Likewise, having a state—even a very well-armed, even a nuclear-armed one—in no way assures safety. A nearby or distant antagonist country still might be able to strike against the citizens with deadly—perhaps annihilating—results. That is of course what the Israeli government admits to fearing about Iran and its potential for obtaining what Israel already has—nuclear weapons. Netanyahu is of course right that the deal the Obama administration struck with the Rohani administration to forestall this isn’t foolproof. Nothing would be. But Palestinians are mostly Sunni Muslim or Christian, while Iran is run by its Shi’ite Muslim majority. Thus, the presence or absence of a Shi’ite bomb means not much when Iran’s much more populous Sunni neighbor—the notably ungovernable and partly extremist Pakistan—definitely does have nuclear weapons. The Netanyahu government might retain fantasies that it can prevent an Irani bomb better than Obama can, but its silence about the Pakistani bomb probably reflects its conclusion that in that case—quite probably the objectively more dangerous case—there is simply nothing to be done.
As long as humanity survives at all, history, in the sense of unfolding patterns of change, will not end—contrary to notions as old as the Bible and commonplace among neo-cons and others as recently as the 1990s. The original nineteenth-century Zionists were mostly oblivious to whatever nascent Arab nationalism existed then, or they might have thought better about plunking down a Jewish state amidst such a wide swath of probable opponents. Even the twentieth-century Alternative Final-Solutionists, in celebrating Israel’s early victories as somehow permanent, could foresee none of today’s intense Arab-wide nationalism, the more parochial Palestinian version of it, nor the current burgeoning of fundamentalist Islamic chauvinism. Neither nineteenth- nor mid-twentieth-century Zionists imagined aspects of globalization such as climate change, ultra-rapid communication—greatly amplified by the Internet—and large-scale movement of people in many parts of the world. New as most nation states are, the very form is increasingly outmoded as a stable reality. Internally too, states—including deliberately and consciously multi-ethnic ones, preferable as they are—are more necessary evils than glorious ideals.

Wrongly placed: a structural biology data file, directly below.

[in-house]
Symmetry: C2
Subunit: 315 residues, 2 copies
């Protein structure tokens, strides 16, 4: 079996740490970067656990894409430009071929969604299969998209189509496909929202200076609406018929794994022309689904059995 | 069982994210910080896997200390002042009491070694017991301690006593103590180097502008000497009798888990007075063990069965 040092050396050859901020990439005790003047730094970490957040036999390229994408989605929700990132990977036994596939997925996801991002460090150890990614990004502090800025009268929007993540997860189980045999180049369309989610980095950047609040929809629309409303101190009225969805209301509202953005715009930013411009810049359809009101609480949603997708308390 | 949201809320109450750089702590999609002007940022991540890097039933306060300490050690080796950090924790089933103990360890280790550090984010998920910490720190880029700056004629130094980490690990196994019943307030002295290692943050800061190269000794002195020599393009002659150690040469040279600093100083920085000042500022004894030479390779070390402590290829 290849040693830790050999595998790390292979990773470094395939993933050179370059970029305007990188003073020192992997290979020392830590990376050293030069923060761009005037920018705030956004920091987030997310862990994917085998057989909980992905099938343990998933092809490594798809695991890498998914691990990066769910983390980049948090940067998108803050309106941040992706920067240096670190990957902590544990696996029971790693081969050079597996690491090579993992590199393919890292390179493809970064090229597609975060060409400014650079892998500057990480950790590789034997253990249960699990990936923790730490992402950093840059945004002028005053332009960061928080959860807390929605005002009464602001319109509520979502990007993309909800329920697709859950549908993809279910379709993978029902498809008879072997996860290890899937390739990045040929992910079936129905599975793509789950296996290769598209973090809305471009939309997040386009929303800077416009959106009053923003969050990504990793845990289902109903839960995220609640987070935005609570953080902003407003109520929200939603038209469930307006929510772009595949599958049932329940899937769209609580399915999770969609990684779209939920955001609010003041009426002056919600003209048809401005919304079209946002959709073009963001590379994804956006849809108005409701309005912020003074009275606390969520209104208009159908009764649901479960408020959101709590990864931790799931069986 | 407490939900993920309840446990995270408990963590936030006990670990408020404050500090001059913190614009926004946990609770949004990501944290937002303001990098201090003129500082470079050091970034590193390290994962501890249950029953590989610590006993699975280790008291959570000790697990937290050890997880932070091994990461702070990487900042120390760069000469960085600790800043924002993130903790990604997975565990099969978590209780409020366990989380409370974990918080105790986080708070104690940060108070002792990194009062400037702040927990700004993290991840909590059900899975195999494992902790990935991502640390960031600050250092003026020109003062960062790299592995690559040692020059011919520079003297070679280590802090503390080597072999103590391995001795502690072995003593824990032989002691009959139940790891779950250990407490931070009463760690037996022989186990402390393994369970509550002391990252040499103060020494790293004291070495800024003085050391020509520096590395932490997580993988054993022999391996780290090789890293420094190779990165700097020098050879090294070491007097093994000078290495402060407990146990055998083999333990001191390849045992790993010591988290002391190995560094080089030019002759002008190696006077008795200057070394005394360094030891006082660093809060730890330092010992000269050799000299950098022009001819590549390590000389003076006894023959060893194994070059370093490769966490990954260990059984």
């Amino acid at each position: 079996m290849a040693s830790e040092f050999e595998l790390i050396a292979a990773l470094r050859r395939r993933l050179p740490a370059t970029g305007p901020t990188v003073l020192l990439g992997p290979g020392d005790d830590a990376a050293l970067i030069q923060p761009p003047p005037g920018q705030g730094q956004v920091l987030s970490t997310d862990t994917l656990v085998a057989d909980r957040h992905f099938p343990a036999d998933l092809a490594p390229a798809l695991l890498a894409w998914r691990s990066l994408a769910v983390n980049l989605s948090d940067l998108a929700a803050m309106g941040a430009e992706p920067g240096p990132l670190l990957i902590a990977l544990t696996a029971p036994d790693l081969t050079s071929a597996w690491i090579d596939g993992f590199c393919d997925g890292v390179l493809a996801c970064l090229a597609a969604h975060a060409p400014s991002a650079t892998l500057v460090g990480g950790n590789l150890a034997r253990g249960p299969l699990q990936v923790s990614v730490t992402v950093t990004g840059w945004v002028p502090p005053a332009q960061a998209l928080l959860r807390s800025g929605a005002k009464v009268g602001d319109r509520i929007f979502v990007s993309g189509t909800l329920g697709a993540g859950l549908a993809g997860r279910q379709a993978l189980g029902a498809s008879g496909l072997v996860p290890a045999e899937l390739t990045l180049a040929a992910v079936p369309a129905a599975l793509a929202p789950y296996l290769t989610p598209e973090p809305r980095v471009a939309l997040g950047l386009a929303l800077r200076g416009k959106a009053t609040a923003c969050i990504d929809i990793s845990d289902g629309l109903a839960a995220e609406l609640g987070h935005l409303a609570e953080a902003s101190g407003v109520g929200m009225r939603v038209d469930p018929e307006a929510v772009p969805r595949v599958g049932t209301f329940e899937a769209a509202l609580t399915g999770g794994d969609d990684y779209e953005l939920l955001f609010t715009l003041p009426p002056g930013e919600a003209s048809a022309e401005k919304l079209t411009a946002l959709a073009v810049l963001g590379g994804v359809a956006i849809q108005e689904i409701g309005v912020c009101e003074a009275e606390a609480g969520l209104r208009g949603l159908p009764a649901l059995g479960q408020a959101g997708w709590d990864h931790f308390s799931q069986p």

Within the next couple of centuries, if civilization survives, the relatively sovereign states that make up the current world map might dissolve in a variety of ways into multi-state units like the U.S. or the EU, into a global empire, into more localized “city-states” or into a loosely connected network or series of networks. Or something else.
In the meantime, in the very near term we appear to be facing a period of intense xenophobia, as epitomized by BREXIT, anti-immigrant parties in Europe, and Trumpism. But these seem to be embodiments of stored-up resentments of older generations, so that they may soon decline in favor of much the opposite. We need a politics focused on trying to help dispel those resentments or at least to aim them towards targets other than The Other.
In general, if there are no absolute assurances, no worthwhile final solutions, no long-term certainties at all, what kinds of Jewish-related political actions might be worth the effort? Only those that pay enough attention to history to have a good chance of success, as long as they also recognize that no concerns are simple or one-sided and that no solutions likely to be complete or permanent. As I began to realize some thirty years ago, for Jews especially that means taking what I term Diasporism seriously. That implies accepting that true Jewish life can only be lived in Diaspora. It entails doing what one can to assure that life in Diaspora is as safe and comfortable as possible. It finally means promoting that same set of opportunities for all peoples.
Diasporism as a guiding principle is far from perfect, since it can’t guarantee that person A at point B is necessarily safe. What living in Diaspora can do and has done historically is strengthen the odds of survival of the larger group, and indeed the chances for living well without sacrificing what seems basic to one’s identity. Diasporism in the contemporary world can do that best if it is applied as widely as possible. This means taking up the cause of tolerance and anti-discrimination, of open doors for refugees, of free movement out of countries as well as into them, of disarmament, of cultural diversity, of international laws that protect minorities and allow dissent and that criminalize genocide and quasi-genocide as well as other forms of ethnic oppression. A country specifically for the Danes or the Serbs or the Chechnyans or the Burmese or the Turks or the Jews can’t do that. Likewise, despite the continuing and very understandable pressure for independent nations for Basques, Catalans, Flemings, Scots, Kurds, Baluchis, Tibetans, Palestinians and whoever else might compose a somehow identifiable group without a sovereign state of its own, winning that as as an isolated state will solve very little in even the short term.